The total number of firearms purchased in Virginia increased 73 percent from 2006 to 2011. When state population increases are factored in, gun purchases per 100,000 Virginians rose 63 percent.
But the total number of gun-related violent crimes fell 24 percent over that period, and when adjusted for population, gun-related offenses dropped more than 27 percent, from 79 crimes per 100,000 in 2006 to 57 crimes in 2011.
. . .
“So while it’s difficult to make a direct causal link (that more guns are resulting in less crime), the numbers certainly present that that’s a real possibility,” [Virginia Commonwealth University professor Thomas R. Baker] added.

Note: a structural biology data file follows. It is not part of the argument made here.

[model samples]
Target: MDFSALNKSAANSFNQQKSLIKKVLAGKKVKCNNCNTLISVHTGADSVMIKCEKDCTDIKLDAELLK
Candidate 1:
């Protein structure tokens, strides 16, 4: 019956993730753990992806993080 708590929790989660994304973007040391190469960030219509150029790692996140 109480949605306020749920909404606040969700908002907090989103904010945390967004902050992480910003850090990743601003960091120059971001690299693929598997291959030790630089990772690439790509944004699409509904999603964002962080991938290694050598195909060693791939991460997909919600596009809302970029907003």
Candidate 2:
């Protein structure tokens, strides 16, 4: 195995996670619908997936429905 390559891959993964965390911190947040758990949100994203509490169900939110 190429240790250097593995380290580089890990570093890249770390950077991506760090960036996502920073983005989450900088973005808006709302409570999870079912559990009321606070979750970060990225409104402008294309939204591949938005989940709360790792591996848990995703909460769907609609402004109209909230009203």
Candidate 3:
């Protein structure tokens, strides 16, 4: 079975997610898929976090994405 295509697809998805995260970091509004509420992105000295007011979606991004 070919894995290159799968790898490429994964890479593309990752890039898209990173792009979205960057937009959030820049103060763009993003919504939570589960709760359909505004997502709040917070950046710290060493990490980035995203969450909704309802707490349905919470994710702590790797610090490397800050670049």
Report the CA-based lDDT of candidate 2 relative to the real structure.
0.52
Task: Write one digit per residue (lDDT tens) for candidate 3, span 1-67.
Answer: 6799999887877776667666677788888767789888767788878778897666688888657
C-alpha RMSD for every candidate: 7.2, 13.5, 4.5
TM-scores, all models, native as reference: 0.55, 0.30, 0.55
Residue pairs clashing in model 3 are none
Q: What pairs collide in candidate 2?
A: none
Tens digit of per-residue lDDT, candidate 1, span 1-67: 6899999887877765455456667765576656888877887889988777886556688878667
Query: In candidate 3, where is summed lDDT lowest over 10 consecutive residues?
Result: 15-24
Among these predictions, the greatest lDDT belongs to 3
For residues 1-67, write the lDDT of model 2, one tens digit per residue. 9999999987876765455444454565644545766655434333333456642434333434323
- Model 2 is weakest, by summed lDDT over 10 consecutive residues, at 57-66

The opposite – that more guns are causing more crime – cannot be derived from the numbers, he said.
“It’s mathematically not possible, because the relationship is a negative relationship — they’re moving in the opposite direction,” Baker said. “So the only thing it could be is that more guns are causing less crime.”
The last quote is a little unfortunate — it is mathematically possible that guns increase crime and yet other factors worked to drive crime down on balance. (Similarly, the fact that illegitimacy rates have risen while crime rates have fallen doesn’t disprove the thesis that illegitimacy is one factor that causes crime.) But it is telling that these two numbers moved so dramatically in opposite directions.
Hat tip to Tim Lynch.